The GTE Difference

The Credit Union Difference

Credit Unions are financial institutions that offer the same products and services as banks but we operate quite differently. As a not-for-profit financial cooperative, we're formed by and continue to be owned by you, our members, with the purpose of beneficially serving and helping each other – hence the credit union philosophy of “people helping people”. This means our decisions are made with your needs in mind, rather than dictated by profits or anonymous shareholders.

Finally, a financial organization you can love – and one that loves you back!

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Credit Unions vs. Banks

There’s a saying that once you join a credit union, you don’t care what the banks are doing. Well, it may not be a saying yet, but it’s definitely catching on.

What’s the difference between a credit union and a bank? We’re so glad you asked! We think you’ll agree that handling your financial business with a credit union as your partner is the way to go – for lots of reasons:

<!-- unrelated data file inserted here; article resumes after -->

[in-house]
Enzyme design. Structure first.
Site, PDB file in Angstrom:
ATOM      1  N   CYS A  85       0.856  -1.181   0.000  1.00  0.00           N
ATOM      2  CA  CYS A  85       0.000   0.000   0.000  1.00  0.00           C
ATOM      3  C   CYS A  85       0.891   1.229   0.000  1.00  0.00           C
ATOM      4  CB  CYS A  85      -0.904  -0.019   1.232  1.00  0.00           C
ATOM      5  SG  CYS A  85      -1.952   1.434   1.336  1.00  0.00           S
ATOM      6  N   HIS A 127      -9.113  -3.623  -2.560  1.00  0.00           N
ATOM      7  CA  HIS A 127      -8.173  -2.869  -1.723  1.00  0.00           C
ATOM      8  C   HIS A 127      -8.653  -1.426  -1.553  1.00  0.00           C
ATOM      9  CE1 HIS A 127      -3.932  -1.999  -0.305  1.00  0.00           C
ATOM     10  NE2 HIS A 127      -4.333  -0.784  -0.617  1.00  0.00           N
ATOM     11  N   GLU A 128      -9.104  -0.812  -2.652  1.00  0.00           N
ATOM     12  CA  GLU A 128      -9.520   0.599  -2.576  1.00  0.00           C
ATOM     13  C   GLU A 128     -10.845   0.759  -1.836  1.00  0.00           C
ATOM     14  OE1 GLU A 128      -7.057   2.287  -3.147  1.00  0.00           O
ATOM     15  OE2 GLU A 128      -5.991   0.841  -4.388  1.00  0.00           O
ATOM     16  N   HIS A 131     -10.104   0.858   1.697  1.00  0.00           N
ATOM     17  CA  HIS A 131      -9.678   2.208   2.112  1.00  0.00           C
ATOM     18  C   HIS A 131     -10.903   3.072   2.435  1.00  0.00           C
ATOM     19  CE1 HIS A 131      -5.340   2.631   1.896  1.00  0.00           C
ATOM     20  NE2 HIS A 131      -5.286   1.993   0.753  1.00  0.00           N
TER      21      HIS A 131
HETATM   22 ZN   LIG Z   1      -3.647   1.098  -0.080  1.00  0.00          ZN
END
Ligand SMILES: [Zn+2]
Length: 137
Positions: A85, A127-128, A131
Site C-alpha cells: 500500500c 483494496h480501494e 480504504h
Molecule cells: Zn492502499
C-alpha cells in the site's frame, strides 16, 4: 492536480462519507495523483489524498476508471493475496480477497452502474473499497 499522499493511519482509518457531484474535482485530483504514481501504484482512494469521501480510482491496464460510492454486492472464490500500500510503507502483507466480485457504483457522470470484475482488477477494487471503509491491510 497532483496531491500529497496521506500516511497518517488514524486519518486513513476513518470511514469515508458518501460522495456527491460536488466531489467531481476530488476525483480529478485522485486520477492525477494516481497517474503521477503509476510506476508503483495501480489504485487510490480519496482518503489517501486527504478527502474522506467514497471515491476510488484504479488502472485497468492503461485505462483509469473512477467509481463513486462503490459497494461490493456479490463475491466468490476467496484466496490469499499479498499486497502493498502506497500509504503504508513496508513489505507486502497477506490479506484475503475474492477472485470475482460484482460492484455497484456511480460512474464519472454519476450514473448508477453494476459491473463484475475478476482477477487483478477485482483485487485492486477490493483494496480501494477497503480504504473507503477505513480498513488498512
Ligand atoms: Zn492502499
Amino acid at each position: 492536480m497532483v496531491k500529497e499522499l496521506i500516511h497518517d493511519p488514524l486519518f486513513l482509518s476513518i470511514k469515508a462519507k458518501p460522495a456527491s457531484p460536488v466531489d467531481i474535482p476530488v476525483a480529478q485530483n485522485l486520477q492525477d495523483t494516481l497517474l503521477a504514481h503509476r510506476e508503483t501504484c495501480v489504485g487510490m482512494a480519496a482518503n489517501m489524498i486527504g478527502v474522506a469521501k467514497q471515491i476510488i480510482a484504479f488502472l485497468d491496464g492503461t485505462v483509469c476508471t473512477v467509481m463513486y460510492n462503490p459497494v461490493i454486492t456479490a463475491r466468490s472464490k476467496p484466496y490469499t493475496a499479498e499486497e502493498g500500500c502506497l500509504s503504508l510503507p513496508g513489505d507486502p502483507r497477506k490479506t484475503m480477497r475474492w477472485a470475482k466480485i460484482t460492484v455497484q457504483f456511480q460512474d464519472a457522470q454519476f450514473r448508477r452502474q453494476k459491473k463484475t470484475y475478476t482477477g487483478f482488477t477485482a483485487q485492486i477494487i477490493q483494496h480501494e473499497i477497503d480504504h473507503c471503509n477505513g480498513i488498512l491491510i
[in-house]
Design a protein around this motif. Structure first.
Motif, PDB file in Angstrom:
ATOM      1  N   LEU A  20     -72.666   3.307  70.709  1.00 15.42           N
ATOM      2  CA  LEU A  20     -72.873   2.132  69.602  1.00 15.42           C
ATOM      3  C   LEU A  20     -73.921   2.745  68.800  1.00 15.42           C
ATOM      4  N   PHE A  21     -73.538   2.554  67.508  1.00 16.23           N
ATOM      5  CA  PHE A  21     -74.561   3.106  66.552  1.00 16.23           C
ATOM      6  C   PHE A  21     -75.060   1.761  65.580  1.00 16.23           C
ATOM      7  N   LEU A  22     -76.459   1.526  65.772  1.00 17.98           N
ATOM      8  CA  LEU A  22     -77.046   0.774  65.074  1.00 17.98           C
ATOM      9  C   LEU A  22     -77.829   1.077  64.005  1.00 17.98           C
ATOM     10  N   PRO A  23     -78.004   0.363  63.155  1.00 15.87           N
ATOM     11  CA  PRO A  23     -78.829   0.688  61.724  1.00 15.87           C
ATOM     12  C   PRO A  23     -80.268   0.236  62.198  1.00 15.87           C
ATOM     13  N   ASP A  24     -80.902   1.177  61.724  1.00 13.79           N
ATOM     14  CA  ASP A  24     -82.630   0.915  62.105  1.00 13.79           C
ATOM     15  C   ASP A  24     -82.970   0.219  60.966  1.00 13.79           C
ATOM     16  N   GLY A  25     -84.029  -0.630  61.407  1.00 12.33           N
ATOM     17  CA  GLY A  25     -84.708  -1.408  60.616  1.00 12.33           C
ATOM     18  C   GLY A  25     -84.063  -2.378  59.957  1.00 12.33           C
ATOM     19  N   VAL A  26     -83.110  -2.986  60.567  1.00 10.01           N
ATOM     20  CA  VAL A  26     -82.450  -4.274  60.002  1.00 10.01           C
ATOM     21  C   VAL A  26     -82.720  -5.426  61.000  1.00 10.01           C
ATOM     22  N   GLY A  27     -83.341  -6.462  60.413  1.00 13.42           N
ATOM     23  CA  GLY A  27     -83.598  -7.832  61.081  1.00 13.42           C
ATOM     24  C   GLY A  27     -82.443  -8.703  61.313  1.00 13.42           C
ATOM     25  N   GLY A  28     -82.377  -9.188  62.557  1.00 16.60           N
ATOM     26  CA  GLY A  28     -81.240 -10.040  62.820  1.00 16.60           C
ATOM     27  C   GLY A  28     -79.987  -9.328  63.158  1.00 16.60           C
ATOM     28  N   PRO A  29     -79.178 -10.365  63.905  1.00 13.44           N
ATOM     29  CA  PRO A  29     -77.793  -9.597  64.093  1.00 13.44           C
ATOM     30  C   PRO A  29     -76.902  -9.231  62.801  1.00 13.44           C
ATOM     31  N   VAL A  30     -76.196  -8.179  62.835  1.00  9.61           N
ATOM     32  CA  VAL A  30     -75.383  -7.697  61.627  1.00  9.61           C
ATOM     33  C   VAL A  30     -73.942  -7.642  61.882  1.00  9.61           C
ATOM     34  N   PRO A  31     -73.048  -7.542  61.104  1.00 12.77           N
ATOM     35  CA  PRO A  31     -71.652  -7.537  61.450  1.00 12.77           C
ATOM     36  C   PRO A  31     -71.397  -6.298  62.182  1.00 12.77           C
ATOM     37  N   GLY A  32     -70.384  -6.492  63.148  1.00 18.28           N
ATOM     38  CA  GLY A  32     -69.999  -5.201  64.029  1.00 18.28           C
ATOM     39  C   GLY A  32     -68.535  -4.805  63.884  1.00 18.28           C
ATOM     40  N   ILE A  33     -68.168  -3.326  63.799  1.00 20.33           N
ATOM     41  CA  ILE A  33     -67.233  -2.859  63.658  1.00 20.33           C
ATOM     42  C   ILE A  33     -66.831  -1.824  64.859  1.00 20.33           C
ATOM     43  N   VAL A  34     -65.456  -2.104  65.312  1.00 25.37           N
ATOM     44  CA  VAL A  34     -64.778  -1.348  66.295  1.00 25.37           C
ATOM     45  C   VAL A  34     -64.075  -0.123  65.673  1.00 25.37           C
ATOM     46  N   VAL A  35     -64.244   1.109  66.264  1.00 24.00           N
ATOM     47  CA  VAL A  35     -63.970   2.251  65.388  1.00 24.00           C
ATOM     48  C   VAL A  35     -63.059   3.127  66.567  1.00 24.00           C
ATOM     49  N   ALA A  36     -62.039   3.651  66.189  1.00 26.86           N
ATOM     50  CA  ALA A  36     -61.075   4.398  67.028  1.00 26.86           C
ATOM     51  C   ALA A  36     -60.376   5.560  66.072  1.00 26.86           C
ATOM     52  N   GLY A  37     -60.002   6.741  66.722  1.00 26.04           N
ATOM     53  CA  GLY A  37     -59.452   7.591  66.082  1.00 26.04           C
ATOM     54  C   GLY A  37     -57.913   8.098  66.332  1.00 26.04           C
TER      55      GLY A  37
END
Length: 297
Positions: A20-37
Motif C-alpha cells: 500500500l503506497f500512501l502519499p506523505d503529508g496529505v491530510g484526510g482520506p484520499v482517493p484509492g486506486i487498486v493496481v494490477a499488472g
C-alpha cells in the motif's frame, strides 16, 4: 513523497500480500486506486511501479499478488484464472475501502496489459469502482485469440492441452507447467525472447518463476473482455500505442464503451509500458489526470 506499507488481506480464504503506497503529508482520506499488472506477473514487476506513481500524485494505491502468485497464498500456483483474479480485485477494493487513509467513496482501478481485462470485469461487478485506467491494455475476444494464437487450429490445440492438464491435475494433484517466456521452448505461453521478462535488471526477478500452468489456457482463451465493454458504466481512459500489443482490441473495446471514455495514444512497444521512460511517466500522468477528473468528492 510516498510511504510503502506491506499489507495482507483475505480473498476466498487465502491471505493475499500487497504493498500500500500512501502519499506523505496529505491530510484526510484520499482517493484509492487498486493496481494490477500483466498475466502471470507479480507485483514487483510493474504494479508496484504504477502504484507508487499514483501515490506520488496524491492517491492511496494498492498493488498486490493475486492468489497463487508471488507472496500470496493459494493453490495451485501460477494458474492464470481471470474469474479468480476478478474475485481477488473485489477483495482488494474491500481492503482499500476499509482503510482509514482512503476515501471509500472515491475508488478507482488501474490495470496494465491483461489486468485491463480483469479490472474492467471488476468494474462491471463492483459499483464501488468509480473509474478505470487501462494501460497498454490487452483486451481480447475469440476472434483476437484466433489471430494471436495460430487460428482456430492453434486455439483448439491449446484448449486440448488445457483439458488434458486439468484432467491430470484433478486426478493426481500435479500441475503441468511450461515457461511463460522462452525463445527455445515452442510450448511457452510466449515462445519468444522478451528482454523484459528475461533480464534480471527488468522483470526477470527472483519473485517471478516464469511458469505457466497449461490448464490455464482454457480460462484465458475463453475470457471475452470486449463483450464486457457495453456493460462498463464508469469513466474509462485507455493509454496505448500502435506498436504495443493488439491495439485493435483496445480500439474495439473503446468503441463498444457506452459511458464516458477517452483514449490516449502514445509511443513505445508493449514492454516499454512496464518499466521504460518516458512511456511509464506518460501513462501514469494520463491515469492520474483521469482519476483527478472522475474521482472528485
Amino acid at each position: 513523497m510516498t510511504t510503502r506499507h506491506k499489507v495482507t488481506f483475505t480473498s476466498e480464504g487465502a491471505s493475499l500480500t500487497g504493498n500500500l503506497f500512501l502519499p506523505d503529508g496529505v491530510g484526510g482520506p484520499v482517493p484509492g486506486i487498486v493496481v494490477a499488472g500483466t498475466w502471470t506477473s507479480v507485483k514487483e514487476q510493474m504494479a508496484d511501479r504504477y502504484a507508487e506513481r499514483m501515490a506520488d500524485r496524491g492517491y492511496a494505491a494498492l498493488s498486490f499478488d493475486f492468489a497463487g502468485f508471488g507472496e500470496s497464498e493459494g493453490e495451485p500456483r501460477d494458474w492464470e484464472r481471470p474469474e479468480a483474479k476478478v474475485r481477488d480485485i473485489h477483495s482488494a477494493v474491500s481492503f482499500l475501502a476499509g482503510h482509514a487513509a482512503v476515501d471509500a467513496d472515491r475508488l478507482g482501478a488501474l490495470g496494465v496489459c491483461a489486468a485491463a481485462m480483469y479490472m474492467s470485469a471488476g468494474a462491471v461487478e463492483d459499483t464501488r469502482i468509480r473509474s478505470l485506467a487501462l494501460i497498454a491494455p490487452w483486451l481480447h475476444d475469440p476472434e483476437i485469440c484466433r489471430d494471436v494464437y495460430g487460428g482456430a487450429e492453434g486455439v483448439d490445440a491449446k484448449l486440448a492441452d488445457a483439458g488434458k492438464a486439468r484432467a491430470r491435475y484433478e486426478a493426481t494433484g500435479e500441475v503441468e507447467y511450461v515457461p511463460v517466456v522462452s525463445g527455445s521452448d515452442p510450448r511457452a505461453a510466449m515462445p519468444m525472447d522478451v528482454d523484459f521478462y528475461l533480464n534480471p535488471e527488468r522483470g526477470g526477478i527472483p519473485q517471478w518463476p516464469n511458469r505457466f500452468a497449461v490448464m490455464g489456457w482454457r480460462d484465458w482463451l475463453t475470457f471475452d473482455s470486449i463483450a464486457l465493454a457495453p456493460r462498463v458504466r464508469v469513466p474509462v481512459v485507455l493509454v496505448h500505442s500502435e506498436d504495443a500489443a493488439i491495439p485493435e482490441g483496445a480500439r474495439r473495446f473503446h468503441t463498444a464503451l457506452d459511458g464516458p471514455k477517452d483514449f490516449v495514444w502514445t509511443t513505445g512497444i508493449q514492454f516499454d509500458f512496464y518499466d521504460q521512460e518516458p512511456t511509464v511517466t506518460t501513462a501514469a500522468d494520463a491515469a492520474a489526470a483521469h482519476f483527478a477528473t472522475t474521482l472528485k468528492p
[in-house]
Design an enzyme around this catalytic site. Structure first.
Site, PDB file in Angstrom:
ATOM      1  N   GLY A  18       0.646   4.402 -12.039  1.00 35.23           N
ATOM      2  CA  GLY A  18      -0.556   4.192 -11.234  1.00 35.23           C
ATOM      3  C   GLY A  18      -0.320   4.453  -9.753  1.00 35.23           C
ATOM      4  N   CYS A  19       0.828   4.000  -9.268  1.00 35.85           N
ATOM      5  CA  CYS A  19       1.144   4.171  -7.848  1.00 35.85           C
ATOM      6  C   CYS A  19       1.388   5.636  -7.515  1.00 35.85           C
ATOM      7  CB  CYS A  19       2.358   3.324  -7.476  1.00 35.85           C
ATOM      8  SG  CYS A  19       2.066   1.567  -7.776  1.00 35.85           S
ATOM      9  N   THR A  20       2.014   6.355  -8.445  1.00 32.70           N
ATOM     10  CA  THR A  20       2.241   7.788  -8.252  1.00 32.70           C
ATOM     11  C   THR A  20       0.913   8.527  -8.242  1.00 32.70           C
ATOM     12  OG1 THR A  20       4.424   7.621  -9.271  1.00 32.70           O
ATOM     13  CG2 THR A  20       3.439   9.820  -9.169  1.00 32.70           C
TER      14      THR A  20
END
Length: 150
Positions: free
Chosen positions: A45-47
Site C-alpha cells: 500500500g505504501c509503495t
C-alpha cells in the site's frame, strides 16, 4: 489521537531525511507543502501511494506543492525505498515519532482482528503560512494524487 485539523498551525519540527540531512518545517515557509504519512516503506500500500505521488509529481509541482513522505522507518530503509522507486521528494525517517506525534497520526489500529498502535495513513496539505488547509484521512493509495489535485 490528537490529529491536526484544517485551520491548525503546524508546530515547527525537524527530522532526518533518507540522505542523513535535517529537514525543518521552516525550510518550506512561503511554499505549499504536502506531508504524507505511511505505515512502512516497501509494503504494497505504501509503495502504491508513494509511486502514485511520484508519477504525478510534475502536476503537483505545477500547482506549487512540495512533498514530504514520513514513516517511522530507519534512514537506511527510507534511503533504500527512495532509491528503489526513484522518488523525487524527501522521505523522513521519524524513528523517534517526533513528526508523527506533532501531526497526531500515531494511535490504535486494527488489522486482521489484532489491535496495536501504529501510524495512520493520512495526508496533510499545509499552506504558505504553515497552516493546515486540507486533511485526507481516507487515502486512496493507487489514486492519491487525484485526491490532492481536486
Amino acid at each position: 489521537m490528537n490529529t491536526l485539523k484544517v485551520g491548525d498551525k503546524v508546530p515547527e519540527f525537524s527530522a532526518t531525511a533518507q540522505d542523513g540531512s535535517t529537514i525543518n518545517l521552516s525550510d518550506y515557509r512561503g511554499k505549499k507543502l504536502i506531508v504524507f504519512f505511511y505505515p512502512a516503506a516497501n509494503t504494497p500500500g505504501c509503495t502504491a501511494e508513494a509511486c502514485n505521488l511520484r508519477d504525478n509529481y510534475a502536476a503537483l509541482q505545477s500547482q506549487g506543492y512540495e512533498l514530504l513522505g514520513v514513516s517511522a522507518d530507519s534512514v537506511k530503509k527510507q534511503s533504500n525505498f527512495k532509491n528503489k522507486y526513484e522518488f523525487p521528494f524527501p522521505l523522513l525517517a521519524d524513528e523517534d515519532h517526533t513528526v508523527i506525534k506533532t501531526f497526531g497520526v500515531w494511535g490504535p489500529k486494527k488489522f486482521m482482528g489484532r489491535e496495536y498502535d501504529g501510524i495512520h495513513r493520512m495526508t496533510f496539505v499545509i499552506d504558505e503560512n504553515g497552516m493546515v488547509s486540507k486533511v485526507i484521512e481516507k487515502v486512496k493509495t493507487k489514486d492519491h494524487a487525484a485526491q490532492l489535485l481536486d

GTE Financial

You’re a member! Every member owns a share of our financial cooperative.
The organization is run by a volunteer, unpaid Board of Directors that is elected by the membership.

We’re not-for-profit and motivated by what’s best for our membership. Profits are returned to members in benefits like higher yields, lower rates and fees as well as new products and services.

GTE is locally owned and operated.



Enjoy no strings, FREE Checking and Savings accounts.



GTE offers all the virtual conveniences you want like Online Banking, Bill Pay, person-to-person payments and remote deposit capture, and 28,000 ATMs absolutely free to members.

 

Additional member benefits like financial literacy programs, contests and giveaways throughout the year, as well as appreciation events!

Banks

Banks are owned by and answer to paid executives and stockholders.




As publically traded companies whose profits are driven by pleasing stockholders, decisions are often made based on whether the stockholders benefit.


Big banks are operated on a national level, often with high operating expenses that are passed on to the bank customer.

Banks often include fees or charges for checking and savings accounts such as minimum balance fees or debit card usage fees.

You may be able to use virtual services, but they often come with additional costs.




 


You might get a lollipop in the drive-thru.